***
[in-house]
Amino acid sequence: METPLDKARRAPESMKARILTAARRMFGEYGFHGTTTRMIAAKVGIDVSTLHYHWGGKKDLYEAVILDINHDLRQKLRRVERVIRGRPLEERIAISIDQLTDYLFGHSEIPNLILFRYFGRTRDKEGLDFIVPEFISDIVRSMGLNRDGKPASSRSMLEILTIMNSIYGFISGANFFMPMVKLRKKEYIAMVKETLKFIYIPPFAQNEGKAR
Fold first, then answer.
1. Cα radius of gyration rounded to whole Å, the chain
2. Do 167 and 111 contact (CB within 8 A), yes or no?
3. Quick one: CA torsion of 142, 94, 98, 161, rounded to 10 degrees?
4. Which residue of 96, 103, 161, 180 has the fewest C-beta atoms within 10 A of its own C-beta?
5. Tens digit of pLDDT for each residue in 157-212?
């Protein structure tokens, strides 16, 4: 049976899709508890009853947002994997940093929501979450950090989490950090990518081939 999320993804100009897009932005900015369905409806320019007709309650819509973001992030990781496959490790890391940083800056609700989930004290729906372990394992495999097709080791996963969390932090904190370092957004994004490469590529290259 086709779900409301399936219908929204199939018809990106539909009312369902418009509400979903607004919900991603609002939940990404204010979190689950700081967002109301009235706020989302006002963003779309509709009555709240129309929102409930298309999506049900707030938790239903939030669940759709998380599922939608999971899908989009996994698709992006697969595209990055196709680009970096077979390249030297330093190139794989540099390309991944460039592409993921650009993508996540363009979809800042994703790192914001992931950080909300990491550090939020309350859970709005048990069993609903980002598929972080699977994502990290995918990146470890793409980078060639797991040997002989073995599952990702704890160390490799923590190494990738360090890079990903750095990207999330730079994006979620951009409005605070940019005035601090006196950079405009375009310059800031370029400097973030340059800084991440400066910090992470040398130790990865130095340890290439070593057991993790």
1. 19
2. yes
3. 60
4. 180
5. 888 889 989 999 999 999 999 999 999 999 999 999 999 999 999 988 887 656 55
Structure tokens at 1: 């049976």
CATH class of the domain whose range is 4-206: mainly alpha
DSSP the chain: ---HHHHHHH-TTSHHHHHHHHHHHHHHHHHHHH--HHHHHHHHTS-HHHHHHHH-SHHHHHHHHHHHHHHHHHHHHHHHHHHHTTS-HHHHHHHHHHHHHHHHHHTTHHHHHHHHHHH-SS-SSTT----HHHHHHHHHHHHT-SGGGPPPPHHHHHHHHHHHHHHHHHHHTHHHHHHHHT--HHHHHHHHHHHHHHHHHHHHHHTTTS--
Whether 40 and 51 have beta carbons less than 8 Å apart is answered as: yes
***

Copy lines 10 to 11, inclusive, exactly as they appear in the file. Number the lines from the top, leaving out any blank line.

1. 19
2. yes